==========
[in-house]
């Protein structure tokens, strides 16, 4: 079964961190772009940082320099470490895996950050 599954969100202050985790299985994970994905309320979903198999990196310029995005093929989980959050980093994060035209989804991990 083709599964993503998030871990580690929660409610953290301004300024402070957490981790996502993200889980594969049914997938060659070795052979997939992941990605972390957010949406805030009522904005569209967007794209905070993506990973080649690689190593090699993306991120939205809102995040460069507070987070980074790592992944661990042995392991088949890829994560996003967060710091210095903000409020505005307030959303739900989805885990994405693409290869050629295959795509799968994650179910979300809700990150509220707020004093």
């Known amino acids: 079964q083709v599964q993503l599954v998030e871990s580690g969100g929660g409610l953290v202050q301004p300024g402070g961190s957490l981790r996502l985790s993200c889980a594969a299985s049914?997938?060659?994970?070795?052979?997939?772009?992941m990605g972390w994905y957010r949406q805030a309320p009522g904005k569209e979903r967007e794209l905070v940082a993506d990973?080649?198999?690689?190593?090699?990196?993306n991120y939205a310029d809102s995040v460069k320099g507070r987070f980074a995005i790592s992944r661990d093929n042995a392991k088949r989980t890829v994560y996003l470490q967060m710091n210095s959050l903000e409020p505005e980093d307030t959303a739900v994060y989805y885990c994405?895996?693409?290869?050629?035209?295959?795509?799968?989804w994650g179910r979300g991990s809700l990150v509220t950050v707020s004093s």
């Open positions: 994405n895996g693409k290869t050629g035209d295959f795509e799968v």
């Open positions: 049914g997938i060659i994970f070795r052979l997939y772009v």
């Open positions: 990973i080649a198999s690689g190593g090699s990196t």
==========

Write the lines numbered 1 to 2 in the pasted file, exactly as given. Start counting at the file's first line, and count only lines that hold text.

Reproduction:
[in-house]
């Protein structure tokens, strides 16, 4: 079964961190772009940082320099470490895996950050 599954969100202050985790299985994970994905309320979903198999990196310029995005093929989980959050980093994060035209989804991990 083709599964993503998030871990580690929660409610953290301004300024402070957490981790996502993200889980594969049914997938060659070795052979997939992941990605972390957010949406805030009522904005569209967007794209905070993506990973080649690689190593090699993306991120939205809102995040460069507070987070980074790592992944661990042995392991088949890829994560996003967060710091210095903000409020505005307030959303739900989805885990994405693409290869050629295959795509799968994650179910979300809700990150509220707020004093």